Family life

Why I love hearing the word “no”

Syona recently started saying “no” and Anchel shares why this is important.

By Anchel Krishna
Why I love hearing the word “no”

Although I know that “no” is the bane of many parents’ existence, in our household, it is a very welcome addition.

Last week I came downstairs and asked Syona if I could have a kiss. She looked straight at me and said “No.” I thought this might be a fluke, so I asked again, “Syona, can Mama have a kiss?” This time she looked at me, gave a little grin, said “no,” and shook her head.

This was the first time Syona communicated “no” so clearly. She’s been shaking her head for months, but she did it because she liked the motion and she did it because it was fun and like dancing. (She obviously has her dad’s dance moves.)

Prior to “no,” her answer to almost everything was “ya.” Though this may sound like every parent’s dream, it really isn’t, especially when the “ya” is followed by her spitting in your face to demonstrate that she doesn’t want something or is all done (this is particularly fun when it comes to food, and by fun I mean kind of gross). On a more serious note, a lack of negative response also reduced her freedom. Imagine not having the ability to say “no” to something?

And Syona’s been thoroughly enjoying her use of the latest word in her vocabulary. For the first time, she’s able to exert some control without using a specific action or resorting to tears or screaming. This is a much-needed relief in our house, and I am really hoping that this ability to exert control leads to a bit more independence. Since that first “no,” she’s used the word to:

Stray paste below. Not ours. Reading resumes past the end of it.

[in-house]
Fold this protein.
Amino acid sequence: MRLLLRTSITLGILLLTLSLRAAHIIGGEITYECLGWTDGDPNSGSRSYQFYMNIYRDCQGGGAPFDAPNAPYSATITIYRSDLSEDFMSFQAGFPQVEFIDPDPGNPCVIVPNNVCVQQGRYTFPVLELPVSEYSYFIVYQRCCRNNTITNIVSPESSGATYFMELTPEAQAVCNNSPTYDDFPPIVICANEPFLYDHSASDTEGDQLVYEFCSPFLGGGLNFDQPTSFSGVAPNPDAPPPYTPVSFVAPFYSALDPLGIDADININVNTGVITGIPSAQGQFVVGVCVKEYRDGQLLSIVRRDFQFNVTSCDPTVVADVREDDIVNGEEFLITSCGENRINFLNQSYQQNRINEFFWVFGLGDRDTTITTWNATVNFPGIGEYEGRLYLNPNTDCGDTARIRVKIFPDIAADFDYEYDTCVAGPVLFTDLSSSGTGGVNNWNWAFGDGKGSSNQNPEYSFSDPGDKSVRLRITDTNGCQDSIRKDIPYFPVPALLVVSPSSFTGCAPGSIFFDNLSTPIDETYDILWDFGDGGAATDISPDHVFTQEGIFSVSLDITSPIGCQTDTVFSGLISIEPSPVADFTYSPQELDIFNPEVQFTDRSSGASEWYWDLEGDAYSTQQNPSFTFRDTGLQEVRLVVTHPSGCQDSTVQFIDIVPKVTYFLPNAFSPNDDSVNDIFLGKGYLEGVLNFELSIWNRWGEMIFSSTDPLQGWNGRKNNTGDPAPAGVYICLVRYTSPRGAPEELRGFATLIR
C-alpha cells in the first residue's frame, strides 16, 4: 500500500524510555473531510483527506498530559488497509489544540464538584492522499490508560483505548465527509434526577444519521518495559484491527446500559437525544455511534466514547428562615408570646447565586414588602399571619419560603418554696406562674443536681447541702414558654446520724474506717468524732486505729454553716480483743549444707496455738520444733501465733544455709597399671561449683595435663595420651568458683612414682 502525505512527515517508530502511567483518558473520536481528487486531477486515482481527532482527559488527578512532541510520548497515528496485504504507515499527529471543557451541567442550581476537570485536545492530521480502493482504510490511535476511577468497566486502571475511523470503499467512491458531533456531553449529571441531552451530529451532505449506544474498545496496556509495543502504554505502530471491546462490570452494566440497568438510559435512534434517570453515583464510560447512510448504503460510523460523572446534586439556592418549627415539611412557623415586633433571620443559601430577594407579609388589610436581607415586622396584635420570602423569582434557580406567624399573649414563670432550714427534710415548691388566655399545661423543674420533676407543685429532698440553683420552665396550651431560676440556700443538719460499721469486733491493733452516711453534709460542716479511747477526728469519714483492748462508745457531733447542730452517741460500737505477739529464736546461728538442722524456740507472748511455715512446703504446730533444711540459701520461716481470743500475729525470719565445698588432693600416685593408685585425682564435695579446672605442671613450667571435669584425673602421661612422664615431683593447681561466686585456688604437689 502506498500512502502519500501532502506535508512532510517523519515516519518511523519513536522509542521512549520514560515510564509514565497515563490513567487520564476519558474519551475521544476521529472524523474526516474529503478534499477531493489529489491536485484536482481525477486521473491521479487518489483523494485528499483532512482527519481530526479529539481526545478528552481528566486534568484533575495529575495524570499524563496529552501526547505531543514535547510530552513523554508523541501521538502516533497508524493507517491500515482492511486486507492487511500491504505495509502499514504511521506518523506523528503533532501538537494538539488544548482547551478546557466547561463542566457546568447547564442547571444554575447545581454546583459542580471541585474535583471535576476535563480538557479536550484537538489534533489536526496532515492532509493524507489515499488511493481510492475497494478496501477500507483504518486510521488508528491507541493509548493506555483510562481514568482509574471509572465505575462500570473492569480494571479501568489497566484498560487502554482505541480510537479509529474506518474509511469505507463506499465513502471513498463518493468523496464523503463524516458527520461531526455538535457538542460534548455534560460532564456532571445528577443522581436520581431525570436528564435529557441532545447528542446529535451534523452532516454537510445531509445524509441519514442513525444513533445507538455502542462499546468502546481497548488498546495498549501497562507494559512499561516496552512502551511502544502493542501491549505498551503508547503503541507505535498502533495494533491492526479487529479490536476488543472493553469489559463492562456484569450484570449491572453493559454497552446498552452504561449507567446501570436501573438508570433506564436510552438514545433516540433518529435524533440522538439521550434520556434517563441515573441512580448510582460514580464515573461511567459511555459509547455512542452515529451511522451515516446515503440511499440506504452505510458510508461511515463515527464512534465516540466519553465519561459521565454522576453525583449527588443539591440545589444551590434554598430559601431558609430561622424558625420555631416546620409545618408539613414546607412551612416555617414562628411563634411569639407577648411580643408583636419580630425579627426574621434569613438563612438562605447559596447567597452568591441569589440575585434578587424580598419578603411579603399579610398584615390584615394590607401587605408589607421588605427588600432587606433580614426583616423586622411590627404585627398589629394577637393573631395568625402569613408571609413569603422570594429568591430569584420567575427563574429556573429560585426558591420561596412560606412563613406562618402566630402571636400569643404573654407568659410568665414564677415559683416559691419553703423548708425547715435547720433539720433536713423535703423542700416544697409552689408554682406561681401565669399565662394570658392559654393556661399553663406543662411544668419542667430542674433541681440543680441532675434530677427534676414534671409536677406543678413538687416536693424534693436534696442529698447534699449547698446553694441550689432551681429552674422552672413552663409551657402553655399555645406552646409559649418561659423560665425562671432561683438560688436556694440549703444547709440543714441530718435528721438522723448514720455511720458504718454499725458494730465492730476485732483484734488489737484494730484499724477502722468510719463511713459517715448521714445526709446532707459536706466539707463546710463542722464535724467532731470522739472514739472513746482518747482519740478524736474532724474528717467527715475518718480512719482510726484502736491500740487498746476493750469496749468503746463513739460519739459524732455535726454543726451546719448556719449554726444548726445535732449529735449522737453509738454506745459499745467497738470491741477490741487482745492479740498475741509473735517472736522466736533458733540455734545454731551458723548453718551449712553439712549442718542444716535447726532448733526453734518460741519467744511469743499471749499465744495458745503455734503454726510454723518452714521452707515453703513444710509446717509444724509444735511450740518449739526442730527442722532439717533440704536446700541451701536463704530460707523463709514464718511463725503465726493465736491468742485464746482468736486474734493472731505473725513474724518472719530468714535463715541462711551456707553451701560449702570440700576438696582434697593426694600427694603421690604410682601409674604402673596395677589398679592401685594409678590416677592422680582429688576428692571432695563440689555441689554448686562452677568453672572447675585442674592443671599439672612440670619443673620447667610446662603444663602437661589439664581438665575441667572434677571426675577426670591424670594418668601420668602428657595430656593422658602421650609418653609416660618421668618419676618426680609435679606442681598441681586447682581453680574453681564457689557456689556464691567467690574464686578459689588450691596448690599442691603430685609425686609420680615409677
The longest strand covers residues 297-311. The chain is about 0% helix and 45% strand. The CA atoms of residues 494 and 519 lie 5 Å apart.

• Communicate when and what she wants to eat (super useful since we all had a nasty bug last week that left us with flu-like symptoms and vomiting).
  • Tell us to change the song that is playing in the car. This kid has clear musical preferences (likes: Top 40 pop, “If You’re Happy and You Know It,” “The Ants Go Marching.” Dislikes: “The Itsy Bitsy Spider” and talk-radio). Prior to “no” Syona would screech or cry when she wanted a song changed. When you spend as much time as we do in the car, shuttling from appointment to appointment, this can be a little — um, to put it delicately — unsettling.
  • Tell us who she wants to play with.
  • Tell us what she wants to do, and when she is all done.

As parents, we’re trying really hard to listen to when Syona uses her new word, even if it means holding back on my endless desire to constantly smother her in smooches. And since there is another option, a “ya” response is actually so much more meaningful now. When I ask Syona if she wants a kiss and she responds positively, it means a lot more than before, because I know she really wants a kiss from her mama.

And though I know that “no” is the bane of many parents’ existence, in our household, it is a very welcome addition to Syona’s repertoire of words. (Though ask me in a year and my answer may change!)

When did your children start expressing their preferences? How do they say yes or no (whether it is verbally or using alternative communication methods)?

This article was originally published on Dec 04, 2012

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